Skip to comments.Krugman’s “Gotcha” Moment Leaves Something to Be Desired
Posted on 07/26/2014 12:24:26 PM PDT by Kaslin
Ive had some fun over the years by pointing out that Paul Krugman has butchered numbers when writing about fiscal policy in nations such as France, Estonia, Germany, and the United Kingdom.
So I shouldnt be surprised that he wants to catch me making an error. But Im not sure his gotcha moment is very persuasive. Heres some of what he wrote for todays New York Times.
Gov. Jerry Brown was able to push through a modestly liberal agenda of higher taxes, spending increases and a rise in the minimum wage. California also moved enthusiastically to implement Obamacare. Needless to say, conservatives predicted doom. Daniel J. Mitchell of the Cato Institute declared that by voting for Proposition 30, which authorized those tax increases, the looters and moochers of the Golden State (yes, they really do think theyre living in an Ayn Rand novel) were committing economic suicide.
Kudos to Krugman for having read Atlas Shrugged, or for at least knowing that Rand sometimes referred to to looters and moochers. Though I have to subtract points because he thinks Im a conservative rather than a libertarian.
But what about his characterization of my position? Well, hes right, though Im predicting slow-motion suicide. Voting for a tax hike isnt akin to jumping off the Golden Gate bridge. Instead, by further penalizing success and expanding the burden of government, California is engaging in the economic equivalent of smoking four packs of cigarettes every day instead of three and one-half packs.
Heres some of what I wrote.
Im generally reluctant to make predictions, but I feel safe in stating that this measure is going to accelerate Californias economic decline. Some successful taxpayers are going to tunnel under the proverbial Berlin Wall and escape to states with better (or less worse) fiscal policy. And that will mean fewer jobs and lower wages than otherwise would be the case.
Anyhow, Krugman wants readers to think that California is a success rather than a failure because the state now has a budget surplus and theres been an uptick in job creation.
Heres more of what he wrote.
There is, Im sorry to say, no sign of the promised catastrophe. If tax increases are causing a major flight of jobs from California, you cant see it in the job numbers. Employment is up 3.6 percent in the past 18 months, compared with a national average of 2.8 percent; at this point, Californias share of national employment, which was hit hard by the bursting of the states enormous housing bubble, is back to pre-recession levels. And, yes, the budget is back in surplus. So what do we learn from the California comeback? Mainly, that you should take anti-government propaganda with large helpings of salt. Tax increases arent economic suicide; sometimes theyre a useful way to pay for things we need.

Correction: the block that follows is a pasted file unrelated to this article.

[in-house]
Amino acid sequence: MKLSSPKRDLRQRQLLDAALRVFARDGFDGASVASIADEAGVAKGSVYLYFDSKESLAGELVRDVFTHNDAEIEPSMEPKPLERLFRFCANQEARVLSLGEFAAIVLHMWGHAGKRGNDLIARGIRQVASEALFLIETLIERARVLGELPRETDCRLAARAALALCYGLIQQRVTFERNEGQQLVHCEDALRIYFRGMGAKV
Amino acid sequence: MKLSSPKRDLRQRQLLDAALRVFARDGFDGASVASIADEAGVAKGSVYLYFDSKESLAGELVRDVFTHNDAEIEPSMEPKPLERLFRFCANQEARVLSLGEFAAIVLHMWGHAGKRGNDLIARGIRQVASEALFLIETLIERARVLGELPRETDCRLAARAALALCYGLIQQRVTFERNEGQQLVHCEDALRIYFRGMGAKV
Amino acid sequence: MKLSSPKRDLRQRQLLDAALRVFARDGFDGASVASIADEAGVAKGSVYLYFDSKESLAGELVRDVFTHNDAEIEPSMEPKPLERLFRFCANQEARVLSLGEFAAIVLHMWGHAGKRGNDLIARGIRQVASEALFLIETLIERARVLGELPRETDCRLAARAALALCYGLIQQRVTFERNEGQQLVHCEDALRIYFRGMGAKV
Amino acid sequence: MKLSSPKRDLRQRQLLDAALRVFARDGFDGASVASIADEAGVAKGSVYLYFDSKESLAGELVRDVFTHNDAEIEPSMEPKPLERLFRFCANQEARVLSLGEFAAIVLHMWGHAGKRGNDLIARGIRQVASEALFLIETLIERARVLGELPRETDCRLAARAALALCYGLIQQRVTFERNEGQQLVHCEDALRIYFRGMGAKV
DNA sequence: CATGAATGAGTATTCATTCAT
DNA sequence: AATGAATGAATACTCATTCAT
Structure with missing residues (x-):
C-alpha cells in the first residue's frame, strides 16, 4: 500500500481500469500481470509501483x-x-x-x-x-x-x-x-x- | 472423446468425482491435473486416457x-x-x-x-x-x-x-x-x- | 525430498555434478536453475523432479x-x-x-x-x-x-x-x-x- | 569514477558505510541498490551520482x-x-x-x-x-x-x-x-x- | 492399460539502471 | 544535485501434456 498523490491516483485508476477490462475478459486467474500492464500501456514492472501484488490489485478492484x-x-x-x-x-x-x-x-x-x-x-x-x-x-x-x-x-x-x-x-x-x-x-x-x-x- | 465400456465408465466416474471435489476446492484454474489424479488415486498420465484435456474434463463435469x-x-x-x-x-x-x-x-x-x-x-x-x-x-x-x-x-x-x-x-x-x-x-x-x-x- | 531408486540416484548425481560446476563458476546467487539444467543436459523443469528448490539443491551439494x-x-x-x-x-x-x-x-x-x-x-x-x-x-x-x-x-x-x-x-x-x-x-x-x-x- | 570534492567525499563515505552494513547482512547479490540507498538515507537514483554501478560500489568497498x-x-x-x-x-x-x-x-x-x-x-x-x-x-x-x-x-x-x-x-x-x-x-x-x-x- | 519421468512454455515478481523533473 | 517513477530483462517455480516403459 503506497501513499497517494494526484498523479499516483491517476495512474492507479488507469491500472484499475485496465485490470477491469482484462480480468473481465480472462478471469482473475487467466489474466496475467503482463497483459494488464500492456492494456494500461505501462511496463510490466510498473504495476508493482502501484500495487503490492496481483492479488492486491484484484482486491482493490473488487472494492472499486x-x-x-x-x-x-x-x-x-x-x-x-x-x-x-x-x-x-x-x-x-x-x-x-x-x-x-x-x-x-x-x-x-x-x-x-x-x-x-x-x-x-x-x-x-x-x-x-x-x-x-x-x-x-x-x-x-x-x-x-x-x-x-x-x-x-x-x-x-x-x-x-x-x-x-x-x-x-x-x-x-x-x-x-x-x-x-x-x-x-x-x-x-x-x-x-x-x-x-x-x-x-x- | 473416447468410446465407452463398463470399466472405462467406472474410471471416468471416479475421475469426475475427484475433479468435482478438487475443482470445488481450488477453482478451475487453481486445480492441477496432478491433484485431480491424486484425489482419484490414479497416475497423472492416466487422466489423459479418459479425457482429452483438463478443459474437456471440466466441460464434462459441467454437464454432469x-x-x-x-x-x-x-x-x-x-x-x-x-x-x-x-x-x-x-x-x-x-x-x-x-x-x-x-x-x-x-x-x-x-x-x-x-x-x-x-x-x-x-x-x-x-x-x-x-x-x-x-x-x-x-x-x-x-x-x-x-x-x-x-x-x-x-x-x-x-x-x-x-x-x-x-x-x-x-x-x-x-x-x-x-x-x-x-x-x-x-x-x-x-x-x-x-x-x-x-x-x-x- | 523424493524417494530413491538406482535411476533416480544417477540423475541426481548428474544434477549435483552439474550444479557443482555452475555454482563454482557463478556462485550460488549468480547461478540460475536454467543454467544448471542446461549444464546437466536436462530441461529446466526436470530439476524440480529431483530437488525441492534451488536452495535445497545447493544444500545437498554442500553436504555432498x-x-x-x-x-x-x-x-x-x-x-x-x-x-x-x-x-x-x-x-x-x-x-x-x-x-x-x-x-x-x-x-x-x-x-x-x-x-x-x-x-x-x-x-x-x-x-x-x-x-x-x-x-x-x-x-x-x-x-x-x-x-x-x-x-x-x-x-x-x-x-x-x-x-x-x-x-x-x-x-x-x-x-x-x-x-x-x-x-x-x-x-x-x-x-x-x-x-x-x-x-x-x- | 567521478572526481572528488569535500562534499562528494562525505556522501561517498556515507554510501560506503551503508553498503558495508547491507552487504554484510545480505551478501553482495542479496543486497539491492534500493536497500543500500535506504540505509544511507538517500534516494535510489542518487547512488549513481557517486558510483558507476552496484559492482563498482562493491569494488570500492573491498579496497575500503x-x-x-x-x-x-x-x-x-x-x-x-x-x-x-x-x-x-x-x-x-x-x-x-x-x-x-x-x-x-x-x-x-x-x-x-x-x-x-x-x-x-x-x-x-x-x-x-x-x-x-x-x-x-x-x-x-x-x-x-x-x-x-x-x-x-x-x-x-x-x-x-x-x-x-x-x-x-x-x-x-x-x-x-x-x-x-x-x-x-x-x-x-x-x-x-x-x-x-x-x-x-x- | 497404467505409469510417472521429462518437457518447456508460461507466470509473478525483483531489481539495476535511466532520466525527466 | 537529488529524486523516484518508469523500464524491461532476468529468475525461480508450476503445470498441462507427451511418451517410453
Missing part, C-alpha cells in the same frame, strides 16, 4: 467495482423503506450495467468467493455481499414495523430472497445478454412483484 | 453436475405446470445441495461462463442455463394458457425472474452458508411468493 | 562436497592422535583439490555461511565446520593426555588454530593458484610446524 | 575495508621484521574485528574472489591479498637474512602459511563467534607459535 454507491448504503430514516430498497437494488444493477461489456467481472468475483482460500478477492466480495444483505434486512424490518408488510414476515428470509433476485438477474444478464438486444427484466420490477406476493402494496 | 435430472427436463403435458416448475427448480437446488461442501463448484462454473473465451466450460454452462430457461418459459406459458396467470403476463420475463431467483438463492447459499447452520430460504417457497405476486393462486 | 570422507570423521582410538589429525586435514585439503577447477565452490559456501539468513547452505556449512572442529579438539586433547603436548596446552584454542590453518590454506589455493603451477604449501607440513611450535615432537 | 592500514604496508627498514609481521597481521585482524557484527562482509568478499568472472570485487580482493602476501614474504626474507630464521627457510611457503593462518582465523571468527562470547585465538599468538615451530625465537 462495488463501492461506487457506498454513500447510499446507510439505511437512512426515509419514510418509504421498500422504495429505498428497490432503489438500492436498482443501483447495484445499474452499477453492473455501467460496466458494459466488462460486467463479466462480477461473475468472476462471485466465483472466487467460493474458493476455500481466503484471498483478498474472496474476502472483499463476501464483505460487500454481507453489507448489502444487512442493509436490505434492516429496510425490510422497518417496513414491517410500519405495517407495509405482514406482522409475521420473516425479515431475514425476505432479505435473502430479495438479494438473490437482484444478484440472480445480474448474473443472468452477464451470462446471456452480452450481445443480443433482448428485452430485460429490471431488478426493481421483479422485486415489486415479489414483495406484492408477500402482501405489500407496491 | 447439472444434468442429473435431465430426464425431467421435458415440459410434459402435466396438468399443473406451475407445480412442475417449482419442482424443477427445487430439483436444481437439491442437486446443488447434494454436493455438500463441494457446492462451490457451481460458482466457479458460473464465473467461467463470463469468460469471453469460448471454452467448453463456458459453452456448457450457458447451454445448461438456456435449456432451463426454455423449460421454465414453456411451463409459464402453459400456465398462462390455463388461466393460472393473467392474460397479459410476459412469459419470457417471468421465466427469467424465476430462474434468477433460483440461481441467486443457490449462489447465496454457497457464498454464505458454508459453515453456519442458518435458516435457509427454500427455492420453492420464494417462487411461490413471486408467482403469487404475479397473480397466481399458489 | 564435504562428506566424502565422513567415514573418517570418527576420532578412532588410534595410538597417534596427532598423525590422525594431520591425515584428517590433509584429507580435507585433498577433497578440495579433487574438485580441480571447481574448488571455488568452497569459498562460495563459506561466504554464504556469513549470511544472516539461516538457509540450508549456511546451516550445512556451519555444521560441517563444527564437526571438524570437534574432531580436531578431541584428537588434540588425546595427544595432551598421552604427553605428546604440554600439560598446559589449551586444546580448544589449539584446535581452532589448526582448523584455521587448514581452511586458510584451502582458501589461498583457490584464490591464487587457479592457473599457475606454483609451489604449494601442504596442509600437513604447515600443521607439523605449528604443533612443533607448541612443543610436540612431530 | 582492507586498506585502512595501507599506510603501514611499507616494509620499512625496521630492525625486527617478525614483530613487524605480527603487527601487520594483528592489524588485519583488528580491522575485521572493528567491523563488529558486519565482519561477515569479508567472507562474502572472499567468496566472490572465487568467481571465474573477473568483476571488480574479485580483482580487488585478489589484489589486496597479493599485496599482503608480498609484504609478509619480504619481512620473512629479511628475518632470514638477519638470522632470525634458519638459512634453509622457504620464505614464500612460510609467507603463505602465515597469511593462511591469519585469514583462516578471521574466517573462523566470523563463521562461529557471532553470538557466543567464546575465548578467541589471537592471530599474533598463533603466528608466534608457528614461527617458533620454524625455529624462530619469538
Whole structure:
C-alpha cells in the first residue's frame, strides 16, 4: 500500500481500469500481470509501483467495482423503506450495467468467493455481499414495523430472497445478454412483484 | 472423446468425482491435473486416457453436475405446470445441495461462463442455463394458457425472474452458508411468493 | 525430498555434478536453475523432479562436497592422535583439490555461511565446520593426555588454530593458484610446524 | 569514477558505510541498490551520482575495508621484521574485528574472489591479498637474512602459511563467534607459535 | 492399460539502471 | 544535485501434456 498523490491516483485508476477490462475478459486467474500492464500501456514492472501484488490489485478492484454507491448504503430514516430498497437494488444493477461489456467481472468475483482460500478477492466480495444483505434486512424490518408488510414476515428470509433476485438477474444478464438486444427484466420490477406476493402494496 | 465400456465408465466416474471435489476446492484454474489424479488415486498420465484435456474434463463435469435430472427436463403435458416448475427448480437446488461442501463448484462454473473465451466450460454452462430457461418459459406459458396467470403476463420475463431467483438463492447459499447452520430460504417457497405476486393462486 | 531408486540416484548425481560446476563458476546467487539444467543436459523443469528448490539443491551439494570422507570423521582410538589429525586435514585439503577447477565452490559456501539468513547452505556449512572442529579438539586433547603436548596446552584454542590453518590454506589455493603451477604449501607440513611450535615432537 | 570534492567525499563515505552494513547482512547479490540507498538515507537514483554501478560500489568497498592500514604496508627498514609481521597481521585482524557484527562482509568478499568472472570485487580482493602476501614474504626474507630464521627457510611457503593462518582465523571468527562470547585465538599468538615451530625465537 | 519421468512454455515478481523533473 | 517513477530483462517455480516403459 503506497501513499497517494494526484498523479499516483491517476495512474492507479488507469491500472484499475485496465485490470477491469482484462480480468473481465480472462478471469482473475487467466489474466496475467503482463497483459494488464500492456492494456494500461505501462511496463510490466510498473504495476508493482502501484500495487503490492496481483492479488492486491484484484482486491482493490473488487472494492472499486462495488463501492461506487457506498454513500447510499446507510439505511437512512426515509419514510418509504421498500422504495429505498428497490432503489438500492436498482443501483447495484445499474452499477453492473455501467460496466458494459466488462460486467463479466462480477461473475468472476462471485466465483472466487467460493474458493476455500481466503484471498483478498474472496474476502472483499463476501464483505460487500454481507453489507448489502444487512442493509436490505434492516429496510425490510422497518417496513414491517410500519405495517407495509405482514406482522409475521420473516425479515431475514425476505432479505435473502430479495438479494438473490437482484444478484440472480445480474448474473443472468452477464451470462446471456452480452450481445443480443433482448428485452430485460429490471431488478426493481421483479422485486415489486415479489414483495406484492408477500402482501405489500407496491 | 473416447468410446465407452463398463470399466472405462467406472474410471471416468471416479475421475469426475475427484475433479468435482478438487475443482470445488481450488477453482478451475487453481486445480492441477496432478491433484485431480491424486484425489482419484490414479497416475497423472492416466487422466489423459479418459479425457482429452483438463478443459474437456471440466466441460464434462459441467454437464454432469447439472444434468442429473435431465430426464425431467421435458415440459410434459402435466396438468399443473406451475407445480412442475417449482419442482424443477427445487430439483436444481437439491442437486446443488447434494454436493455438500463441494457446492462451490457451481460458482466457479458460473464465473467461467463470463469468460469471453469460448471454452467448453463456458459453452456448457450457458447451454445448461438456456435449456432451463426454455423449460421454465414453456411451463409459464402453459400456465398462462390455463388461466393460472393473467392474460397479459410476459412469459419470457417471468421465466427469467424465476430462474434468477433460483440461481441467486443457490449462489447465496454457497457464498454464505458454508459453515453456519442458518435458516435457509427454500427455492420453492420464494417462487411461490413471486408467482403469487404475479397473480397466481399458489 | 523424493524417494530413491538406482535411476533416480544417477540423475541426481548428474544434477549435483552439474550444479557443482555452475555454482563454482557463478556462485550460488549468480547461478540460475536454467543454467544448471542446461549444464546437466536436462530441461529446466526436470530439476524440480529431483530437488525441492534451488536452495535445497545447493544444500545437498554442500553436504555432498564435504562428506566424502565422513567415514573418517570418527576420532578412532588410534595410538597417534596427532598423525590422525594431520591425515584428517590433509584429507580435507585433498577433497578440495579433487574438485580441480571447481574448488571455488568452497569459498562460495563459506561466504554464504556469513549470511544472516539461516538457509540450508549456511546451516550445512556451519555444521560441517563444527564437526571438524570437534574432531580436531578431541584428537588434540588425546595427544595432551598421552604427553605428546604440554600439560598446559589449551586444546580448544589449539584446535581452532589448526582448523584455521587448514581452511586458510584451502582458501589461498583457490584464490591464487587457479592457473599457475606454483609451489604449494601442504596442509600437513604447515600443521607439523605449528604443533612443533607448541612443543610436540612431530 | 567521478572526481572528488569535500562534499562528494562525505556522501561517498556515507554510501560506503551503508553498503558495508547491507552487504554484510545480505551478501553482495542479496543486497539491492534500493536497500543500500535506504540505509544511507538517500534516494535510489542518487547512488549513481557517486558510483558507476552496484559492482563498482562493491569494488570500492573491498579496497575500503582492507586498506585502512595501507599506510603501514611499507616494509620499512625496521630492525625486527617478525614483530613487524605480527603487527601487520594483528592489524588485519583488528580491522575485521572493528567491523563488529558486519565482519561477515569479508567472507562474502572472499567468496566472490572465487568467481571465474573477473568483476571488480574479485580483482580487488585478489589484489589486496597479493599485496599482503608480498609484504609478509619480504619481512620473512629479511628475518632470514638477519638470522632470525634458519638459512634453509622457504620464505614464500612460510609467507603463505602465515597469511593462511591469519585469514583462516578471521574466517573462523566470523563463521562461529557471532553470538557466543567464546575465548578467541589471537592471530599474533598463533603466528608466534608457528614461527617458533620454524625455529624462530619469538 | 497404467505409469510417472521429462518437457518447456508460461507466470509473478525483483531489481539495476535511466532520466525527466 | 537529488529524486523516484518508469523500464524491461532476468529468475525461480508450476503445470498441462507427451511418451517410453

Im not persuaded, and I definitely dont think this counts as a gotcha moment.
First, Im a bit surprised that he wants to brag about Californias employment numbers. The Golden State has one of the highest joblessness rates in the nation. Indeed, only four states rank below California.
Second, I dont particularly care whether the state has a budget surplus. I care about the size of government.
Krugman might respond by saying that the tax hike generated revenues, thus disproving the Laffer Curve, which is something that does matter to supporters of small government.
But the Laffer Curve doesnt say that all tax hikes lose revenue. Instead, it says that tax rate increases will have a negative impact on taxable income. Its then an empirical question to figure out if revenues go up a lot, go up a little, stay flat, or decline.
And what matters most of all is the long-run impact. You can rape and pillage upper-income taxpayers in the short run, particularly if a tax hike is retroactive. In the long run, though, people can move, re-organize their finances, and take other steps to reduce their exposure to the greed of the political class.
In other words, people can vote with their feet and with their money.
And thats what seems to be happening in California. Take a look at how much income has emigrated from the state since 1992.
And here is similar data from the Tax Foundation.
So whats all of this mean?
Well, it means Im standing by my prediction of slow-motion economic suicide. The state is going to become the France of America at least if Illinois doesnt get there first.
California has some natural advantages that make it very desirable. And I suspect that the states politicians could get away with above-average taxes simply because certain people will pay some sort of premium to enjoy the climate and geography.
But the number of people willing to pay will shrink as the premium rises.
In other words, this Chuck Asay cartoon may be the most accurate depiction of Californias future. And this Lisa Benson cartoon shows what will happen between now and then.
But I wont hold my breath waiting for a mea culpa from Krugman.
I don’t buy the BS that California has surplus, we have had demonrat governors since 1999, yes I include the lame governator in that, and they have stolen and shuffled funds from all across the spectrum until no one really knows how deep the hole is.
And of course
Toohey er, Krugman knows that. But few seem to recognize the game he's playing.
A “gotcha” moment from Krugman is like the unfunny uncle saying something in a stupid drunken rant and then saying “psyche!” at the end of it all.
California is losing on:
my wife's retirement income from CALPERS,
they are paying for her health insurance,
My income taxes paid (We gained a net 7% differential in state taxes (2.5% vs. 9.5%))